Illinois’ electric grid needs shoring up, and lawmakers and regulators can make it happen

The Illinois Commerce Commission recently rejected ComEd’s proposed rate hike and ordered it to return with a new plan. Critics say the decision makes it harder to invest in infrastructure.

Pat Nabong/Sun-Times

More than three years ago, Gov. J.B. Pritzker signed into law one of the nation’s most aggressive state-level climate bills. The Climate and Equitable Jobs Act puts Illinois on the path to a 100% clean energy future by phasing out all fossil fuels by 2050.

As the state’s biggest union of energy workers, the International Brotherhood of Electrical Workers was one of CEJA’s strongest supporters, not just because we want to do our part in combating the climate crisis but because CEJA is a jobs bill that opens up opportunities for Illinois residents, especially those from disadvantaged communities, for middle-class jobs in the energy industry.

But big promises demand genuine followup.

Making our climate goals a reality requires a serious investment in 21st century infrastructure that can ensure a steady supply of reliable, affordable and clean power to Illinois residents and communities.

But the longer it takes to make this new energy infrastructure a reality, the harder it will be to reach CEJA’s ambitious objectives.

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That is why we are alarmed about the recent decision by the Illinois Commerce Commission to reject Commonwealth Edison’s and Ameren’s grid investment plans.

The end effect of this decision is to put off the hard work required to meet the state’s renewable energy goals to another day. It’s a decision to continue policies that discourage outside investment in our state’s climate and energy future.

Illinois policies discourage outside investment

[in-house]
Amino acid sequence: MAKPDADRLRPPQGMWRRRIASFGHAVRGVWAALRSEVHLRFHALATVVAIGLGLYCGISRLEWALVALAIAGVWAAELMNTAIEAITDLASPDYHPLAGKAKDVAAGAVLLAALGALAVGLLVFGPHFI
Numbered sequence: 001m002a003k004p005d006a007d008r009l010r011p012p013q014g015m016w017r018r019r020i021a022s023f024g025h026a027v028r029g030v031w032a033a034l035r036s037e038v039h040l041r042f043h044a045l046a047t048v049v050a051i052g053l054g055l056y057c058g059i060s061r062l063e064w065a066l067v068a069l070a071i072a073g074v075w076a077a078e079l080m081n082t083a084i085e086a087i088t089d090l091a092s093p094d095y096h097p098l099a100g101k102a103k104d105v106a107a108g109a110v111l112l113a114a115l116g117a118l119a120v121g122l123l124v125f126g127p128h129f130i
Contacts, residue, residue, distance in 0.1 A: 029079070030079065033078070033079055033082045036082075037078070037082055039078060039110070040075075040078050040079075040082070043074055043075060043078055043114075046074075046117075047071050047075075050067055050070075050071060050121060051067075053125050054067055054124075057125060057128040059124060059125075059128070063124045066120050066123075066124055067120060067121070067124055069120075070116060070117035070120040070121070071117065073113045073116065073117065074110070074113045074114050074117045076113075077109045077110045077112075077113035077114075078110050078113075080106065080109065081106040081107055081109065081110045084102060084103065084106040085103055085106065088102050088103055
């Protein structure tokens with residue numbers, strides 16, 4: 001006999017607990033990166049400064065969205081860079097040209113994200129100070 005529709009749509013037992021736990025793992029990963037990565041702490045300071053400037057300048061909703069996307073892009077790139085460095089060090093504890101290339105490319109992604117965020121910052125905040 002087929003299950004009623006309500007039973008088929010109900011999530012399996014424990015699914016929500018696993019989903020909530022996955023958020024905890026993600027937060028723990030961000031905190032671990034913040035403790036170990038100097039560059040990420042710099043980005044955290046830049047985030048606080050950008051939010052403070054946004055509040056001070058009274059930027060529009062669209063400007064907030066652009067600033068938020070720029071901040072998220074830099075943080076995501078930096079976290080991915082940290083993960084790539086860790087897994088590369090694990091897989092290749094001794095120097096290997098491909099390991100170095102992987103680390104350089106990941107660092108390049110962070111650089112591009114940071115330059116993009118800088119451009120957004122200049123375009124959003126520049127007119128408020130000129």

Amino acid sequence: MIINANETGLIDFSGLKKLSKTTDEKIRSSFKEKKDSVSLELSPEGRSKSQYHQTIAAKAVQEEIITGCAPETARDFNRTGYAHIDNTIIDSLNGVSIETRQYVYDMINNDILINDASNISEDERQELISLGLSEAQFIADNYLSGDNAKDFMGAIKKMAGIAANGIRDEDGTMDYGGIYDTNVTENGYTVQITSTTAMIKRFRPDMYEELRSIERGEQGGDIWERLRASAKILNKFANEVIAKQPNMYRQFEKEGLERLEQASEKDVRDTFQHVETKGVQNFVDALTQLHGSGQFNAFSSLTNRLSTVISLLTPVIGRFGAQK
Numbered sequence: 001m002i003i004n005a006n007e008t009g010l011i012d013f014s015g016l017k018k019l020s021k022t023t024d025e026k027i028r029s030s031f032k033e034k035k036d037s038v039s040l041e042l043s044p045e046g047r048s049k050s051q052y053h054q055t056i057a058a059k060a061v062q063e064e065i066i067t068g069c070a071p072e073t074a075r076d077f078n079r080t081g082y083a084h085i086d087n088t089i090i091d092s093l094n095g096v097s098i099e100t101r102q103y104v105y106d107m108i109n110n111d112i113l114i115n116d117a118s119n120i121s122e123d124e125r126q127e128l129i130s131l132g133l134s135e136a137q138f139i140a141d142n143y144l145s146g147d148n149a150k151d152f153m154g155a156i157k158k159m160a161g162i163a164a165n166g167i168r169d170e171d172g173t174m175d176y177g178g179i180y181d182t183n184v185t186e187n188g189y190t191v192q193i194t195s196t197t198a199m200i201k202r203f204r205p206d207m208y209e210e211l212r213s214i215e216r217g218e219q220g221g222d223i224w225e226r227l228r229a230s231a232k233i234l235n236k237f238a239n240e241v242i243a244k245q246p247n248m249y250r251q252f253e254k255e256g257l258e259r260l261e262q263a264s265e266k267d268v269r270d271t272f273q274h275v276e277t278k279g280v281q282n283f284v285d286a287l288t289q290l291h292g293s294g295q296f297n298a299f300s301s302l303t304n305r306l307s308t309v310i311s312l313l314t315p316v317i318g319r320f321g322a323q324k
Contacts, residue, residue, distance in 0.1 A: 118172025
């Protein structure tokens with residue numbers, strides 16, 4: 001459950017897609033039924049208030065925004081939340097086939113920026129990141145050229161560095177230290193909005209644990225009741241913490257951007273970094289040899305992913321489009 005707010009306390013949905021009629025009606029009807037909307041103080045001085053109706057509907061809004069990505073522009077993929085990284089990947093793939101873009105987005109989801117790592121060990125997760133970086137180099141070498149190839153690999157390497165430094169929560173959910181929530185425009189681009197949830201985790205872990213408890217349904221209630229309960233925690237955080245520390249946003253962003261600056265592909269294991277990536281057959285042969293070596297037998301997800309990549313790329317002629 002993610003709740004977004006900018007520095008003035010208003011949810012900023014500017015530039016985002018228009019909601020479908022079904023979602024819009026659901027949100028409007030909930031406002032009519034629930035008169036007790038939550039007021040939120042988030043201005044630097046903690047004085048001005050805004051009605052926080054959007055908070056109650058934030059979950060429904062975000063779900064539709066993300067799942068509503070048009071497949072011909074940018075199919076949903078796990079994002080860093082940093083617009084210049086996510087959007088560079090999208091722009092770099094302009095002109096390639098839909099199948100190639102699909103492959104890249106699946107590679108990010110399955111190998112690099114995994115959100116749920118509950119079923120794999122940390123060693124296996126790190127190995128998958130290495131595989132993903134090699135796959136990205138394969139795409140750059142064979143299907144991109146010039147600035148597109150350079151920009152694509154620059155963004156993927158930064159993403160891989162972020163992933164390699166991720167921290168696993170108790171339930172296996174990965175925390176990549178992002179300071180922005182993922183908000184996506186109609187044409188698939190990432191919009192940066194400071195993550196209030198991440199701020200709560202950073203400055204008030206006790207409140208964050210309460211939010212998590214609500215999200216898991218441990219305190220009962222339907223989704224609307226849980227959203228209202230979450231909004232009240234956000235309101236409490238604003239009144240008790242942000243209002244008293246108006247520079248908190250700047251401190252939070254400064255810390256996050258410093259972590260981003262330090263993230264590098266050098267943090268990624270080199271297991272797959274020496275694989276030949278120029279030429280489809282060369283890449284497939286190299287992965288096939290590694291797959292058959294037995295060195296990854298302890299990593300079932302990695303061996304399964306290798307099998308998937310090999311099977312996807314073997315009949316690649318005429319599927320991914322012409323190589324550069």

Multiple independent analysts have cited Illinois as being one of the worst investing environments for energy projects in the country, and that means proposed projects here sit idle while neighboring states pass us by.

Failure to act means jeopardizing reliability and raising costs as fossil-fuel facilities go offline without the renewable infrastructure to get solar and wind power to the communities that need it.

We are already seeing electricity prices spike in many parts of the state.

The ICC also voted in November to “pause” $265 million in natural gas pipeline replacement work, a troubling decision for both safety and reliability.

Transitioning to a 100% clean power mix means relying on an all-of-the-above energy strategy to get there, and postponing critical investments in any energy infrastructure puts Illinois that much further from its goal.

The question we have for lawmakers is this: If not now, when?

The IBEW has the skilled workforce to make the state’s clean energy future a reality. What we do not have is time.

By putting the freeze on new energy infrastructure projects, the ICC’s ruling will negatively impact thousands of energy jobs throughout Illinois.

With tens of billions of federal and state dollars going to infrastructure, skilled electrical workers are in high demand.

If my members can’t find work here in Illinois, there are plenty of other opportunities in neighboring states. And once they leave, getting them back is tough.

If Illinois is not willing to move on building the infrastructure critical to CEJA’s success now, it will not only jeopardize my members’ jobs it will put Illinois’ ambitious climate goals at risk.

Lawmakers and regulators cannot allow side agendas to hold up long overdue investments in our aging transmission system.

Pritzker and members of the General Assembly from both parties worked hard to pass CEJA. There was a lot of hope in 2021 that Illinois would set the standard for combating climate change and serve as a model for a successful transition to a clean energy future.

But wishful thinking will not get Illinois to where it needs to be when it comes to making CEJA’s promises a reality.

Only a serious commitment by lawmakers and the ICC to making a massive investment in modernizing our electrical infrastructure will meet the demands of tomorrow’s clean-energy economy.

Business and labor are ready to get to work.

We have the workforce and the resources to make Illinois carbon-free by 2050. What we need is the will from Springfield and the ICC to get the job done.

Michael Clemmons is sixth district vice president of the International Brotherhood of Electrical Workers.

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